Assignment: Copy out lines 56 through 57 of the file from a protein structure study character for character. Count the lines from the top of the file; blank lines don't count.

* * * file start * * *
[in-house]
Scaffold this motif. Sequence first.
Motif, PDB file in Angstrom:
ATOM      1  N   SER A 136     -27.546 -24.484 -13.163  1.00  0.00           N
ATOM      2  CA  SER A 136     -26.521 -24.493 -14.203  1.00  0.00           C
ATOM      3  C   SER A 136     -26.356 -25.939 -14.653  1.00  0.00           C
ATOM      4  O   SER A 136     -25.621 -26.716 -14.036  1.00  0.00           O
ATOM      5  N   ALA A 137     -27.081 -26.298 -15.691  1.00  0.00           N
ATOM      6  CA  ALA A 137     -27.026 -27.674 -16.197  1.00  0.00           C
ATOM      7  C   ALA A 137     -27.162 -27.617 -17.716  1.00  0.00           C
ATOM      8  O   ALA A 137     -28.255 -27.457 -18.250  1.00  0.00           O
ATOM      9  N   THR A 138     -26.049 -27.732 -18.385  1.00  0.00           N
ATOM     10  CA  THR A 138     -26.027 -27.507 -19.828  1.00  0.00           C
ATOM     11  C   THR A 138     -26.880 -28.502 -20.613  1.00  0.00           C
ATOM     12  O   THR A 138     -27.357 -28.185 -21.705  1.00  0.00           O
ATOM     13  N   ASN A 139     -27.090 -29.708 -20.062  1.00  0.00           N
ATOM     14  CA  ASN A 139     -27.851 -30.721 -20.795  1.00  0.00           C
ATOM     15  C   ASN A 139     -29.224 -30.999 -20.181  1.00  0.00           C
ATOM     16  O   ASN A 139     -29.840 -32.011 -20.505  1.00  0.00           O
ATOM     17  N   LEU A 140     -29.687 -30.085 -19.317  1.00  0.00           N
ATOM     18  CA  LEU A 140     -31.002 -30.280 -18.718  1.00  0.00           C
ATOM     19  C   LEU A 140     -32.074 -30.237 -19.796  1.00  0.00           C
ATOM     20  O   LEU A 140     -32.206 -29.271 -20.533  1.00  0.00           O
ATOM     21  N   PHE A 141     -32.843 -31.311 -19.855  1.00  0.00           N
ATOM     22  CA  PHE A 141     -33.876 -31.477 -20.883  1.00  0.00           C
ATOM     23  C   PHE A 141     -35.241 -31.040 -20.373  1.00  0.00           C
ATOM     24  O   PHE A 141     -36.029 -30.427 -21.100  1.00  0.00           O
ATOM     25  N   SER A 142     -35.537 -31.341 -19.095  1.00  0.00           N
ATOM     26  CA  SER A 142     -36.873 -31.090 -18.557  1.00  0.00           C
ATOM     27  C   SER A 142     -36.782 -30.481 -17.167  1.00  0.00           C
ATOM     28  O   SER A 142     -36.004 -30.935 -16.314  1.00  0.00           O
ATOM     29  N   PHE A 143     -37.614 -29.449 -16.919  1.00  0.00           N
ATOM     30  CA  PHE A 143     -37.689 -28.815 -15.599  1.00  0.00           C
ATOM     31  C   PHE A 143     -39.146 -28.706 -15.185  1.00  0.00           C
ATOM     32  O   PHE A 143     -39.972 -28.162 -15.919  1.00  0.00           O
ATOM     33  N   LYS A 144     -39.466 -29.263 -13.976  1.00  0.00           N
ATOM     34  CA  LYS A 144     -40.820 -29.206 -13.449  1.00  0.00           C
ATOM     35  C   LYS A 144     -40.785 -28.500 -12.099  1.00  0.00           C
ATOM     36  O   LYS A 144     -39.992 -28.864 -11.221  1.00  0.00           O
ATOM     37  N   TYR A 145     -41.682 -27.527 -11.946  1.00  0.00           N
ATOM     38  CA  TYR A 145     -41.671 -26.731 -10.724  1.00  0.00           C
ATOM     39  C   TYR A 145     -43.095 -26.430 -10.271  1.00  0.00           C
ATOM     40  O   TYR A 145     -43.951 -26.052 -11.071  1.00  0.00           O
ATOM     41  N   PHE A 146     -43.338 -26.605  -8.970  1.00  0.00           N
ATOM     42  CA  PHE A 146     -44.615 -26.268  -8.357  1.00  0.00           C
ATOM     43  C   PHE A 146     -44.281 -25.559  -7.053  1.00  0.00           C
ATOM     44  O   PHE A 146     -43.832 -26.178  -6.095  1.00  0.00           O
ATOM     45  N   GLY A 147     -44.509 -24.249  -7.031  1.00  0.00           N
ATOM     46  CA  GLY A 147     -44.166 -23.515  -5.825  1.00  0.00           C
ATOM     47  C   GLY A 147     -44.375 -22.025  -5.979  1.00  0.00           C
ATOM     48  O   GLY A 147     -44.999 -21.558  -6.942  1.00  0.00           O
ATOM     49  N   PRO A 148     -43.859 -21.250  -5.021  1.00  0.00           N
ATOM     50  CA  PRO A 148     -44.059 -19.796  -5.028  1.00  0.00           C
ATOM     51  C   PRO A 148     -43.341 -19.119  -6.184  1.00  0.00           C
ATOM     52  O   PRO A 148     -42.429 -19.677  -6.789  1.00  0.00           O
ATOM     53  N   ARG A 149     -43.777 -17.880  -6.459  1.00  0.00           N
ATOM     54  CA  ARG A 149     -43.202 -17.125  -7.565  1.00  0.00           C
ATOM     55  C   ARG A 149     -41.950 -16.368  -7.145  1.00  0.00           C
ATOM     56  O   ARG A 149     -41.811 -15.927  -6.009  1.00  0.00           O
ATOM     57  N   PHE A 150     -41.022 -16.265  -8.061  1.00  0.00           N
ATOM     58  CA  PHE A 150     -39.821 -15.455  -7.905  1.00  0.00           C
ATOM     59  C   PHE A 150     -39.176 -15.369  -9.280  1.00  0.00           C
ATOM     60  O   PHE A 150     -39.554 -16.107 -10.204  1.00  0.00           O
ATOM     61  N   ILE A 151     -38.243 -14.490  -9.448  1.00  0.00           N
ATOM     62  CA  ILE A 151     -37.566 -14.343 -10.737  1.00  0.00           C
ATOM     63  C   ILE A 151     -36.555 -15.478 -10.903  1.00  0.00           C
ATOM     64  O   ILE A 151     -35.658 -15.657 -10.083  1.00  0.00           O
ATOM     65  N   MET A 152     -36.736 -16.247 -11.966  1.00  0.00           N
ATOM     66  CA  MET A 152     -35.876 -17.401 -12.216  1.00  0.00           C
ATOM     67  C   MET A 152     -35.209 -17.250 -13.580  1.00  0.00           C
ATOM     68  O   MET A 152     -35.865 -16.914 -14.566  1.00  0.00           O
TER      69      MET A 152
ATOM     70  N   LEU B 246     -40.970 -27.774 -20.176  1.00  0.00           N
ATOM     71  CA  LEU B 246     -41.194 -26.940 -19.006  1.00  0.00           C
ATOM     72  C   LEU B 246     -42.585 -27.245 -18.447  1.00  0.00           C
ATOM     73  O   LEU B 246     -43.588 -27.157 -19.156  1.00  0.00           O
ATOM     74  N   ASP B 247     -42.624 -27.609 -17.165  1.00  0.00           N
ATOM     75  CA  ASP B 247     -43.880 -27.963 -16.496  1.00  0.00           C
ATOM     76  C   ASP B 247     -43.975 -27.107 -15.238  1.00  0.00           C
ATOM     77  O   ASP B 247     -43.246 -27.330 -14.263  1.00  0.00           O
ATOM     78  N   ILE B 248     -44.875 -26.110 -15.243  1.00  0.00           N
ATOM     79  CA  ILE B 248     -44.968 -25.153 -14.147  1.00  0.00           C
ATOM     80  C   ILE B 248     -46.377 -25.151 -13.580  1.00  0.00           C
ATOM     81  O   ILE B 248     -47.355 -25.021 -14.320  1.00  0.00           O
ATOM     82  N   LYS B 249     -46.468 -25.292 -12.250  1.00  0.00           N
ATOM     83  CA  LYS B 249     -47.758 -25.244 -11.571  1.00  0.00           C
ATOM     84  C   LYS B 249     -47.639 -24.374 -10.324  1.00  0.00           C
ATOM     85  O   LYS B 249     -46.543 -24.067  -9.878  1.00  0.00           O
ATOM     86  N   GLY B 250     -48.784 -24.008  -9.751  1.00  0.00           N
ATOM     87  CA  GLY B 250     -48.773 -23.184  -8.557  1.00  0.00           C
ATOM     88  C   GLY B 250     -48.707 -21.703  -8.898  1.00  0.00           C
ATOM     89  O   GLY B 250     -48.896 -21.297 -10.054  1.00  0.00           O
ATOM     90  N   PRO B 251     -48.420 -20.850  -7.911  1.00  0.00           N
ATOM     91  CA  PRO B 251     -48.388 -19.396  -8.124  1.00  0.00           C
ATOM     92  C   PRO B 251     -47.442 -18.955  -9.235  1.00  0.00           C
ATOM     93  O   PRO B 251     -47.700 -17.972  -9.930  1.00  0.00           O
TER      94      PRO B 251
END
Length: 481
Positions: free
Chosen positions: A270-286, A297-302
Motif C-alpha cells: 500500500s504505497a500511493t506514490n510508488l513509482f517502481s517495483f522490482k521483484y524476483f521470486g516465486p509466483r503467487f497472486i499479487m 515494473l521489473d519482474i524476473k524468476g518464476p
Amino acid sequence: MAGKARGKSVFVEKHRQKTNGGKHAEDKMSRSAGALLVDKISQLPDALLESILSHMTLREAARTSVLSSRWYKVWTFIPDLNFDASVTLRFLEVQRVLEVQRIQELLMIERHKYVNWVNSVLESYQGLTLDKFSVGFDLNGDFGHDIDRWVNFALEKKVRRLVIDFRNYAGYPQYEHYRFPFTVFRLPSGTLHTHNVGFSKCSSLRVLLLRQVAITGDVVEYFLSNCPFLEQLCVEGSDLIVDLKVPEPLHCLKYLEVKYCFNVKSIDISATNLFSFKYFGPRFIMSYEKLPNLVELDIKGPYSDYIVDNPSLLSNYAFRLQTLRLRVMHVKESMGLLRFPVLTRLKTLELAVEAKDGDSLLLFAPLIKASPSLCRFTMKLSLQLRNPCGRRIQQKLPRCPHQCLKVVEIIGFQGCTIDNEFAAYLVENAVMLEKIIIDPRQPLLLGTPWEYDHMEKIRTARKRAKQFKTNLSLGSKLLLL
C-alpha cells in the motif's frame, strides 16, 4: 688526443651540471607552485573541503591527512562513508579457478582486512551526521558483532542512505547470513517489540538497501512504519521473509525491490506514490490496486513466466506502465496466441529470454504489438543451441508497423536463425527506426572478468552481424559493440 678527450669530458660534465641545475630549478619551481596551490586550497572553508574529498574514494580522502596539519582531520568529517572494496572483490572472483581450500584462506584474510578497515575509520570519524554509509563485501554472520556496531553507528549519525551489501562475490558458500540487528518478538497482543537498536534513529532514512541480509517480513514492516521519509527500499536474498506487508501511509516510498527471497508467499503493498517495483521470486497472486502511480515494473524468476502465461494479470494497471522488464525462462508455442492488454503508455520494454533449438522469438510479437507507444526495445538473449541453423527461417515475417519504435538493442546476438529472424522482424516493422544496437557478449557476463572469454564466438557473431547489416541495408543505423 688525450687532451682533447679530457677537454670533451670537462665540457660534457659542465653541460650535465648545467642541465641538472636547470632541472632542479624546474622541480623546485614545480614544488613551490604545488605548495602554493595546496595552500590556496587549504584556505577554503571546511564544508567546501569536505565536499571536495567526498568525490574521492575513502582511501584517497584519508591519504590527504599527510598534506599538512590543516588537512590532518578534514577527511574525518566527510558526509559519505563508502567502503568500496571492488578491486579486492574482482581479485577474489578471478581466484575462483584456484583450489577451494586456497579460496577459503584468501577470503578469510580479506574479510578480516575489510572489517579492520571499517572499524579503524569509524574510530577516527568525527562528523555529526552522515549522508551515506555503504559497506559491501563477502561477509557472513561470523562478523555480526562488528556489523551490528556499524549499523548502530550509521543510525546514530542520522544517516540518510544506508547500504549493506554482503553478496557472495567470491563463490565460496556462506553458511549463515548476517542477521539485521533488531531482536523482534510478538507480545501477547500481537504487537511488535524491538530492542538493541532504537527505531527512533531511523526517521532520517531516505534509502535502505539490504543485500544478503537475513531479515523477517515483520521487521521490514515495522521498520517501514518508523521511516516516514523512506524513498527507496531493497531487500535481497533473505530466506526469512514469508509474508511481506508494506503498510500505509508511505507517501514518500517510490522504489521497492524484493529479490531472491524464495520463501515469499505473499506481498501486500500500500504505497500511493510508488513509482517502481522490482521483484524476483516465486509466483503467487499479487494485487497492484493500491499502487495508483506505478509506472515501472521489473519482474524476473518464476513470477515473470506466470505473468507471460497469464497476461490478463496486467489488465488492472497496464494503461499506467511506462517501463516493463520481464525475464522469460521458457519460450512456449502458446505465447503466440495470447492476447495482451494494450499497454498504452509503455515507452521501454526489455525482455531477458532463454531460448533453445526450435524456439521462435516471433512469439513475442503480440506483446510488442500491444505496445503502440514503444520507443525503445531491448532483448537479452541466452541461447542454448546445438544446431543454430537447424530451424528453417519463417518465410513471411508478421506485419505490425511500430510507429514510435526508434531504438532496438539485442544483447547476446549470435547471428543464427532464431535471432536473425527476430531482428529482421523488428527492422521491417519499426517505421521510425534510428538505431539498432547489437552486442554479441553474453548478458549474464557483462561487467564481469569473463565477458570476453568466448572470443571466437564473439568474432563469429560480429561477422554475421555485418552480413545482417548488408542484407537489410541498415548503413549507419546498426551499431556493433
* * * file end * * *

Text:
ATOM     53  N   ARG A 149     -43.777 -17.880  -6.459  1.00  0.00           N
ATOM     54  CA  ARG A 149     -43.202 -17.125  -7.565  1.00  0.00           C